(This is a pre-publication of an obituary of The Guardian newspaper whose death is expected in 2017.)
Today, The Guardian newspaper surprised no-one by admitting it could no longer financially support a print version. The terminal news was formally announced by Katharine Viner at an impromptu press conferences at the John Stuart Grill burger bar.
Reaction to the Guardian’s demise has been predictable. Murdoch, Desmond, Rothermere and the Barclay Brothers have each enhanced security at their respective newspaper offices to ensure that no professional centrists get in, the Daily Mirror has hired a supercilious nutritionist for its staff canteen in expectation of new arrivals and James Harding of the BBC is checking that each of the new applicants went to the right private school. However, the most popular response has been a shrug.
Below, I examine why The Guardian expired.
A newspaper’s political location
For marketing and sales purposes, any national newspaper needs a political location. All right-of-centre nuances have been covered by Telegraph, Express, Mail, Sun and Times, and the Mirror has been the Labour party newspaper for many years. Thus, over the past five decades, The Guardian sought a safe house in the (undefined) centre, often (though not always) with created support for the evolving Liberal, SDP, Liberal Democrat entity.
Beyond liberal safety The Guardian had occasionally observed a gap in the market to fill. In the worst of the Thatcher years it was not unusual for left-thinking “educated” people to persuade themselves that buying The Guardian would be useful and, later, when Blair’s con trick exposed itself, a similar demographic thought it was an alternative to the Labour loyalist Mirror. Was The Guardian really offering a left-wing mainstream newspaper alternative? No. Adept market analysis had led to a few seductive and comforting articles and editorials. Of course, the target market was not all people with left-of-centre views, only those from a, er, middle-class demographic. The last position The Guardian ever wished to adopt was support and encouragement for politically aware working class people.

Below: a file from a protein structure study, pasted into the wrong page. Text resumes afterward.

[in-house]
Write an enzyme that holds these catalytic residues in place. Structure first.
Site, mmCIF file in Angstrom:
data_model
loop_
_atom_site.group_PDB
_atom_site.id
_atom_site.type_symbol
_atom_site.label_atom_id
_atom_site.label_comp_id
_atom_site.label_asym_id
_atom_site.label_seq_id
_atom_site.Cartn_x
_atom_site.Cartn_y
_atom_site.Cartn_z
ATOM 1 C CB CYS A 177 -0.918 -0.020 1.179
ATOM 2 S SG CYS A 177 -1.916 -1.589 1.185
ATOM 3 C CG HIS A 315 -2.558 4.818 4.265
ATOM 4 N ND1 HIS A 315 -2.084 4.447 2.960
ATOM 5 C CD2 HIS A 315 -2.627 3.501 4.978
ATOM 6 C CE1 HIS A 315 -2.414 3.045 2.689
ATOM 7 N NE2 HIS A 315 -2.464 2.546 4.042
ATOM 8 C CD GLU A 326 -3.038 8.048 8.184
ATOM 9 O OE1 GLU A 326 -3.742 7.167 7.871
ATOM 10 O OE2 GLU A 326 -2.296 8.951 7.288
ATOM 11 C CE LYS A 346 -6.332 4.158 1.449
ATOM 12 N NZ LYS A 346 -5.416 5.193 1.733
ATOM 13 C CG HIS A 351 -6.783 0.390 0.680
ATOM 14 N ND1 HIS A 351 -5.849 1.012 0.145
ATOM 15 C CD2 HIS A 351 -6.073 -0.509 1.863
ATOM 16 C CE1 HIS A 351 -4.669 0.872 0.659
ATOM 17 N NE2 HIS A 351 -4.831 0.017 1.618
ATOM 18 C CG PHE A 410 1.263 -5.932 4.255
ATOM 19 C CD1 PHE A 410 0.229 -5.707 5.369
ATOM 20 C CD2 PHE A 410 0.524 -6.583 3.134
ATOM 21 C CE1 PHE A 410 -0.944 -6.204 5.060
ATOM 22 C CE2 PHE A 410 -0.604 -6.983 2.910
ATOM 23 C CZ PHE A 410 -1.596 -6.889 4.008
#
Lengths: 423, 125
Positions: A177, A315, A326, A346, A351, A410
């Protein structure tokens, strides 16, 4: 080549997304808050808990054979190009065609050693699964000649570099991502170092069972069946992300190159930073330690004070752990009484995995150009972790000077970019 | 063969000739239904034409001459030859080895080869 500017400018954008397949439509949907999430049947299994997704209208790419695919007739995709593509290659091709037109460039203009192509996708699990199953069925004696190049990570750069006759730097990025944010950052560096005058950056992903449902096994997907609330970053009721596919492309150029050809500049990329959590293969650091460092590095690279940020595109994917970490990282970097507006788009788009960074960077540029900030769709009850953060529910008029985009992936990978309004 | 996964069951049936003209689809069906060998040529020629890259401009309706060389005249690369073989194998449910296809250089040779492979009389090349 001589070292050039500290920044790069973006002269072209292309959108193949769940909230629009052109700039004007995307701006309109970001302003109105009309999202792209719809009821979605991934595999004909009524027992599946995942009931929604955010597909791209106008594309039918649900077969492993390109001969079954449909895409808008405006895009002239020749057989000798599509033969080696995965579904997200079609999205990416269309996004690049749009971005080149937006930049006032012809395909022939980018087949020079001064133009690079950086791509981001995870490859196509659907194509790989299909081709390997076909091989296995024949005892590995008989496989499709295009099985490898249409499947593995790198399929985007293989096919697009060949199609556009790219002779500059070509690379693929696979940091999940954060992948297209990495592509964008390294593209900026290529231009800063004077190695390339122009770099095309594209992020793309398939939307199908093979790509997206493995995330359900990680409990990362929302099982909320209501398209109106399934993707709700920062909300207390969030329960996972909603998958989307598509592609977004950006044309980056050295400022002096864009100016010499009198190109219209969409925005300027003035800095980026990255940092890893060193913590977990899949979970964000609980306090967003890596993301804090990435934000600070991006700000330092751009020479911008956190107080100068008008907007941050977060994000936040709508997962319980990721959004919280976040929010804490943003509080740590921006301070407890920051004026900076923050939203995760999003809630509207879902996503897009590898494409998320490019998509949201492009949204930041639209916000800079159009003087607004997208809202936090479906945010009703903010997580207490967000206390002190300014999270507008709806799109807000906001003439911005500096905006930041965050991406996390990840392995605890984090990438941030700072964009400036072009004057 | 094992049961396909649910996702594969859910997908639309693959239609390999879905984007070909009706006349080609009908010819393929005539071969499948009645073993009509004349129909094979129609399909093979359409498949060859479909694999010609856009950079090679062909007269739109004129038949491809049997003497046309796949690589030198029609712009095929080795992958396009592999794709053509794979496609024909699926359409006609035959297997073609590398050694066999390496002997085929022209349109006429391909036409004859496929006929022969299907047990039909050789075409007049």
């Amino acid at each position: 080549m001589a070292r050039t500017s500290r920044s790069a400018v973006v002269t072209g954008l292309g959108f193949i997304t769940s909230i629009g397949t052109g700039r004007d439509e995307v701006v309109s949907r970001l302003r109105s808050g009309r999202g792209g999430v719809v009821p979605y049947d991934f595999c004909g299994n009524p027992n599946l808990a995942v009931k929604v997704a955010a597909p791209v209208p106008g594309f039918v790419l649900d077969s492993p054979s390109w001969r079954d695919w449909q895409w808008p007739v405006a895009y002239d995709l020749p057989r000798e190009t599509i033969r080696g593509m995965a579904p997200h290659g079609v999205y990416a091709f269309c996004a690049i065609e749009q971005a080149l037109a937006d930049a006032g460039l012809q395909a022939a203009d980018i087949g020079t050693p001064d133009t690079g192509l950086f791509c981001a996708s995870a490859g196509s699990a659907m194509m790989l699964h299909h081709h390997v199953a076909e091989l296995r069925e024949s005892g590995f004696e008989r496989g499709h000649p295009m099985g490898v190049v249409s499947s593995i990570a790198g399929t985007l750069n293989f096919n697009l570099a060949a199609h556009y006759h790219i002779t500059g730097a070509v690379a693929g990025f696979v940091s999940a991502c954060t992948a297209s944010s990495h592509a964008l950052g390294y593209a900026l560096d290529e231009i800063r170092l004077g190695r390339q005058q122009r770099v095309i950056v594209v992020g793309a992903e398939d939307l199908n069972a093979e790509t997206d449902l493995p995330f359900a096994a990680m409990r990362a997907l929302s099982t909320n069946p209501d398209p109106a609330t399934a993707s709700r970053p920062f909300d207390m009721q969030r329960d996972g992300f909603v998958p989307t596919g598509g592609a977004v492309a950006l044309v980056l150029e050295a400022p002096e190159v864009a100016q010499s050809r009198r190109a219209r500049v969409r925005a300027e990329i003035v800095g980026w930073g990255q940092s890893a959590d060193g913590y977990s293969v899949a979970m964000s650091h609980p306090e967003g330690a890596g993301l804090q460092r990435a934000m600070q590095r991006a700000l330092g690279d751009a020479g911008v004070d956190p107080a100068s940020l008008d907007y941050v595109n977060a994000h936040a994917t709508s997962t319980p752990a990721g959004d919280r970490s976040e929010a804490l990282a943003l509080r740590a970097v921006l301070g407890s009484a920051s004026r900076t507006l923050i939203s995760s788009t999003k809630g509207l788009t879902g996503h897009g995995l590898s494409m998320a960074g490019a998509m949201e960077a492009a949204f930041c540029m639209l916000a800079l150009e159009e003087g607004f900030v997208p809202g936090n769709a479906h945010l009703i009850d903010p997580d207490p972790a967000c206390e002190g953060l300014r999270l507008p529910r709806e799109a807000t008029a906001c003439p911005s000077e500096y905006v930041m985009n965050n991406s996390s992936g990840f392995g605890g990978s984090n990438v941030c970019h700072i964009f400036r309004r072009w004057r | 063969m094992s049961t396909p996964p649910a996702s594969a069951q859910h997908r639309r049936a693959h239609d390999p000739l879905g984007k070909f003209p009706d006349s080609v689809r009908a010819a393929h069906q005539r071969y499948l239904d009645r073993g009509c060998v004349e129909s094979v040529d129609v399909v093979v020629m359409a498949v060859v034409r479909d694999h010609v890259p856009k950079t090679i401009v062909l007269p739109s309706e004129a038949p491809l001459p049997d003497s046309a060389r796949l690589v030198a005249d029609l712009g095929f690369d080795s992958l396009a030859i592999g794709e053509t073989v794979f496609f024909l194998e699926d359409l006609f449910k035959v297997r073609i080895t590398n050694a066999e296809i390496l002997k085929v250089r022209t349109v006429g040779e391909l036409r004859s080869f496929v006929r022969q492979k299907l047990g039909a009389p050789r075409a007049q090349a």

Two events in the current decade revealed the uselessness of The Guardian.
The paper gave its full support to the Liberal Democrats for the 2010 general election. As a follow-up to its identification of a market gap – the left-of-centre middle-class – The Guardian presented its choice of party as an alternative both to the Tories and to a Labour party that had become increasingly right-wing due to a combination of Blair’s authoritarianism and Brown’s reckless attitude to international finance. The fact that Clegg became a mere lap-dog for Tories’ destruction cannot be dismissed as knowledge in hindsight. The Guardian knew what it was promoting.
In July 2013, The Guardian destroyed files and computers related to Edward Snowden’s leaks of criminal behaviour by USA government agencies – Guardian destroys computers. The destruction was at the request of GCHQ. The Guardian had not been ordered to smash equipment and delete files by a court and none of its journalists were facing criminal charges. It chose to take the action due to threats of criminal charges, rather than contest any (obviously erroneous and malicious) criminal charges. Claims that the destruction was symbolic were made by the newspaper because copies of the files’ contents were stored elsewhere by other parties. The only symbolism on show was dereliction of journalistic duty by a national newspaper kowtowing to unproven authority; in other words, abject cowardice.
Web-based challenge to printed media